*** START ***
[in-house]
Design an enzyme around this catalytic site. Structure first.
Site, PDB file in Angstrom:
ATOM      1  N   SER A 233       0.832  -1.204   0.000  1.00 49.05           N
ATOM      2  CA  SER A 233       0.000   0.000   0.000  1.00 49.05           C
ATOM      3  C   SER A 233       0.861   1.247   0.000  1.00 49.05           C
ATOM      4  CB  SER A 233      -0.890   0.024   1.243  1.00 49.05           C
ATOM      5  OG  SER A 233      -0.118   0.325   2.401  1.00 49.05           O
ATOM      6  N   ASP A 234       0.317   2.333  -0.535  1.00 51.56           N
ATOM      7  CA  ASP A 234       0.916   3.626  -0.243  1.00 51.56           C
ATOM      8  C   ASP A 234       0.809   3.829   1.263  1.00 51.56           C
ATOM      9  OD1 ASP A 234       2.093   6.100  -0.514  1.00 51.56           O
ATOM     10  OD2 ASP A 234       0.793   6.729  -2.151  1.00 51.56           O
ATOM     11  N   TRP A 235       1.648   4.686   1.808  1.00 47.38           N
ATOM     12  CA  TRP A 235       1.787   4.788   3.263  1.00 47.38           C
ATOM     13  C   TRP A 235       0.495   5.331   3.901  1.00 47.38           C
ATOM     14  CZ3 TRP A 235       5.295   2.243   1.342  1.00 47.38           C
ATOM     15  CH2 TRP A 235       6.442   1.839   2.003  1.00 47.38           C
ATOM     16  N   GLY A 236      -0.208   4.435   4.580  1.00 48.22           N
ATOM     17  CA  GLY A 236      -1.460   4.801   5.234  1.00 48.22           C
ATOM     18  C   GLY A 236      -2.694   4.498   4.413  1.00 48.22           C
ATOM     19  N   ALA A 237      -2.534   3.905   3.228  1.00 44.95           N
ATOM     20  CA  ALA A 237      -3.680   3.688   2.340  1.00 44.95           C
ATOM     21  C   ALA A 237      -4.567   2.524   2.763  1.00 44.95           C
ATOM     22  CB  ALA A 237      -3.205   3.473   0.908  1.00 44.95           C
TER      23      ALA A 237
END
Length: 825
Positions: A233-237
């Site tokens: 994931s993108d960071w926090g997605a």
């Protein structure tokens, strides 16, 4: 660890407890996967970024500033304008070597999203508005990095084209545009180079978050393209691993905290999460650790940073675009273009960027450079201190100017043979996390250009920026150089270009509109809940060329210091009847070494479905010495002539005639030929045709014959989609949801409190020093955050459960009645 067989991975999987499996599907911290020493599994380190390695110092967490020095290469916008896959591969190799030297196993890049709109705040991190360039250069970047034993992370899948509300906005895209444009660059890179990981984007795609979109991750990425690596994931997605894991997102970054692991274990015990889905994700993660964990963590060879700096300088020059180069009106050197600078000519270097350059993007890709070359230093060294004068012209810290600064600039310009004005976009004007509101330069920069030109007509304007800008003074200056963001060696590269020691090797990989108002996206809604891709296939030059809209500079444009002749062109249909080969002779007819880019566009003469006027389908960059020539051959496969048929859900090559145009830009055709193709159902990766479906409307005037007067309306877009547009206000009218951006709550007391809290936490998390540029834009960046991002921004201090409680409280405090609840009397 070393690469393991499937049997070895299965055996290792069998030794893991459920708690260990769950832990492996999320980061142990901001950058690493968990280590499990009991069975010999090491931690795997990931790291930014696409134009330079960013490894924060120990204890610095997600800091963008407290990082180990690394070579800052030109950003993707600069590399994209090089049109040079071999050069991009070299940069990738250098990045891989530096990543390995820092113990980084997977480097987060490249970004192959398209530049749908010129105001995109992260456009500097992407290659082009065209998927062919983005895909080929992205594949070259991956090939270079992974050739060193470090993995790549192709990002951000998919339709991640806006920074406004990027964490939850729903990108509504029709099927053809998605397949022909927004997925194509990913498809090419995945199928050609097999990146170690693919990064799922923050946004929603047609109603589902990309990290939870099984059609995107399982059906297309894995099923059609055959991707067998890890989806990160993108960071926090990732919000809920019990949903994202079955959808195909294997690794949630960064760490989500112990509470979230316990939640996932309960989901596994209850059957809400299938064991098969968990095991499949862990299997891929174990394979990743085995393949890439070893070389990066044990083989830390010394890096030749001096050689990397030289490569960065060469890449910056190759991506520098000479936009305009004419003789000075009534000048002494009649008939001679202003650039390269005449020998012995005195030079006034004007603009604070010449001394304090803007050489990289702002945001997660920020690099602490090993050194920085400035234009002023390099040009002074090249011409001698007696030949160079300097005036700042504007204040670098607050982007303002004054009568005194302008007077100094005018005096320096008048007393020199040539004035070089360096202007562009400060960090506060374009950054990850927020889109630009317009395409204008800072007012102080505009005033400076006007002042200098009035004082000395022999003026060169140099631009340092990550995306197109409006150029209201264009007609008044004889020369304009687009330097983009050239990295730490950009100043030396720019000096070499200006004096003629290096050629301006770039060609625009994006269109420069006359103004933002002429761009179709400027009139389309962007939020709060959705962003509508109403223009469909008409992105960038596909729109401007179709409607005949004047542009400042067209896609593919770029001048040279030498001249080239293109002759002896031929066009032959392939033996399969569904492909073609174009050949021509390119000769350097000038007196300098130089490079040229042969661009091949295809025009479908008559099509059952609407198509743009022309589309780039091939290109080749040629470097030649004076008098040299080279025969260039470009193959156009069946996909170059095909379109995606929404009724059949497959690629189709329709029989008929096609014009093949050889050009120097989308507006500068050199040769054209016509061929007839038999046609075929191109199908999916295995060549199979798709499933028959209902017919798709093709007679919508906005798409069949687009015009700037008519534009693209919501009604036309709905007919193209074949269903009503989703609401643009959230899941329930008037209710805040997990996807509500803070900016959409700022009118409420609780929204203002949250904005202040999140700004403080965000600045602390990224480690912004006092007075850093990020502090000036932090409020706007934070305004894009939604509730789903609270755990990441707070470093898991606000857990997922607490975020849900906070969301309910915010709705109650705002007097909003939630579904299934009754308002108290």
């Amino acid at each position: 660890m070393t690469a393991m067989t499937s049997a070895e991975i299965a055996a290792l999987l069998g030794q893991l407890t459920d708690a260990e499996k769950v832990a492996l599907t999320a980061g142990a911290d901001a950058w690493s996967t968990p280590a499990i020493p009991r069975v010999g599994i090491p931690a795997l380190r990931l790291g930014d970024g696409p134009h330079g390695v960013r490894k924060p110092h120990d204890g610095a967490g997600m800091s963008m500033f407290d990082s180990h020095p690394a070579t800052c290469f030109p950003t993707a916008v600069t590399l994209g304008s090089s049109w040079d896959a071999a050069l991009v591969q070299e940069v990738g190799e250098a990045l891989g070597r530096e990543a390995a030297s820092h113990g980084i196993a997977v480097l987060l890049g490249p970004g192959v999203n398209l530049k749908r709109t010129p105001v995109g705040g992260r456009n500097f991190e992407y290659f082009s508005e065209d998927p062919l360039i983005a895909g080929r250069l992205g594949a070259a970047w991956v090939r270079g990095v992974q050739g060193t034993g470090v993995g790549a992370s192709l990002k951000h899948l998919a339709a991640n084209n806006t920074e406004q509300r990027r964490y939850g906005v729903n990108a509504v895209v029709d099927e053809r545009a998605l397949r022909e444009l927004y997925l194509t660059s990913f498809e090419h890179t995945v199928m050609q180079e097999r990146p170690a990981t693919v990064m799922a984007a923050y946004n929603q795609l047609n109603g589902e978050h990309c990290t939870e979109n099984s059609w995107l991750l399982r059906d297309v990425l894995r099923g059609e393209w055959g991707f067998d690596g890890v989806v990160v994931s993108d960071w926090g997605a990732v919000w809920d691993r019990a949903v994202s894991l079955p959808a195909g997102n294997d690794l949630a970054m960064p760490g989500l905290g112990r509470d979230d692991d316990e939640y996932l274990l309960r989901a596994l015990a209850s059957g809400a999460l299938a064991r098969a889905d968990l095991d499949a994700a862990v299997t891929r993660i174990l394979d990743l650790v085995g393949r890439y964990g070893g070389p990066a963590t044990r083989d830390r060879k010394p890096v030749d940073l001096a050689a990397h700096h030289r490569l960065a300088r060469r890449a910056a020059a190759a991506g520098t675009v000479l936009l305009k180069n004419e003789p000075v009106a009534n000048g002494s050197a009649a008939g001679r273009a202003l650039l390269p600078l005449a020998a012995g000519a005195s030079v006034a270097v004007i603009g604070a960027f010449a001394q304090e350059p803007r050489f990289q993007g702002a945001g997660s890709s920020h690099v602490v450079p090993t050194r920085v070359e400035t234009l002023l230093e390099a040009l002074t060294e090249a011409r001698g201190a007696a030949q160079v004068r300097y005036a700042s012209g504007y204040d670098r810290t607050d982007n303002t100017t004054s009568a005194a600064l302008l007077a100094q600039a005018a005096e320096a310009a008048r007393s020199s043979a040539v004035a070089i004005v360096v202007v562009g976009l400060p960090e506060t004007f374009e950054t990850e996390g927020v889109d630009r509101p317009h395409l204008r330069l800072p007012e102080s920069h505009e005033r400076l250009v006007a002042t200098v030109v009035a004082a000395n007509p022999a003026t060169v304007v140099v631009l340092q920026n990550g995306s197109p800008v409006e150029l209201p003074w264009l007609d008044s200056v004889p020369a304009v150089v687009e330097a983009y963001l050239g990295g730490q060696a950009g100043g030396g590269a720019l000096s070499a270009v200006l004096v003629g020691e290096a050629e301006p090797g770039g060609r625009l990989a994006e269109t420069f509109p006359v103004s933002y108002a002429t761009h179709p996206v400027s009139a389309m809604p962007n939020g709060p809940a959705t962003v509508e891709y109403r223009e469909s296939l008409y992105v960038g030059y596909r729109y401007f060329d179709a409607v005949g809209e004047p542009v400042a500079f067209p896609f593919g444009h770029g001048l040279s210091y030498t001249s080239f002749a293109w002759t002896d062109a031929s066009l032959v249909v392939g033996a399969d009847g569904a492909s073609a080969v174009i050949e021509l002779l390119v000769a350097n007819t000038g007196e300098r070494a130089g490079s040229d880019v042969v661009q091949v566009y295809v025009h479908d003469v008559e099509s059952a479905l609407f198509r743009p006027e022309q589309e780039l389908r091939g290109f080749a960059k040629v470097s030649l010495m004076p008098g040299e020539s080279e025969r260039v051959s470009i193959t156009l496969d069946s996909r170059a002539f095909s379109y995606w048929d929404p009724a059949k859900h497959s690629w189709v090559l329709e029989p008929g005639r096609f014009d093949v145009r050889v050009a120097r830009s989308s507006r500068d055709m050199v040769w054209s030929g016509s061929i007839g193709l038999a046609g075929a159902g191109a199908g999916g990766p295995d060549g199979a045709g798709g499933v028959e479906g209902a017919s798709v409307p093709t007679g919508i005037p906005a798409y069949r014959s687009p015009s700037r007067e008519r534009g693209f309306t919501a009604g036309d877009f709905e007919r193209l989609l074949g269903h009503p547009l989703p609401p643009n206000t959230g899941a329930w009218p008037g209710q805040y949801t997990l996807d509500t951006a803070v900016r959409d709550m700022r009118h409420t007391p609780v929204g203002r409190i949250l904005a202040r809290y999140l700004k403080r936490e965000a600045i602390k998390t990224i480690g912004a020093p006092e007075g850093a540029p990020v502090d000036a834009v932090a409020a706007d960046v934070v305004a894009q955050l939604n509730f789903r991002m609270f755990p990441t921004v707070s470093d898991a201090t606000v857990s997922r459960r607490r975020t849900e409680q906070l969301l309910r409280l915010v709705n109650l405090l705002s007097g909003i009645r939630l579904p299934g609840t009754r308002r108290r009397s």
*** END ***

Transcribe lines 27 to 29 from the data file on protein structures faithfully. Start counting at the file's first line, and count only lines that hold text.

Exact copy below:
END
Length: 825
Positions: A233-237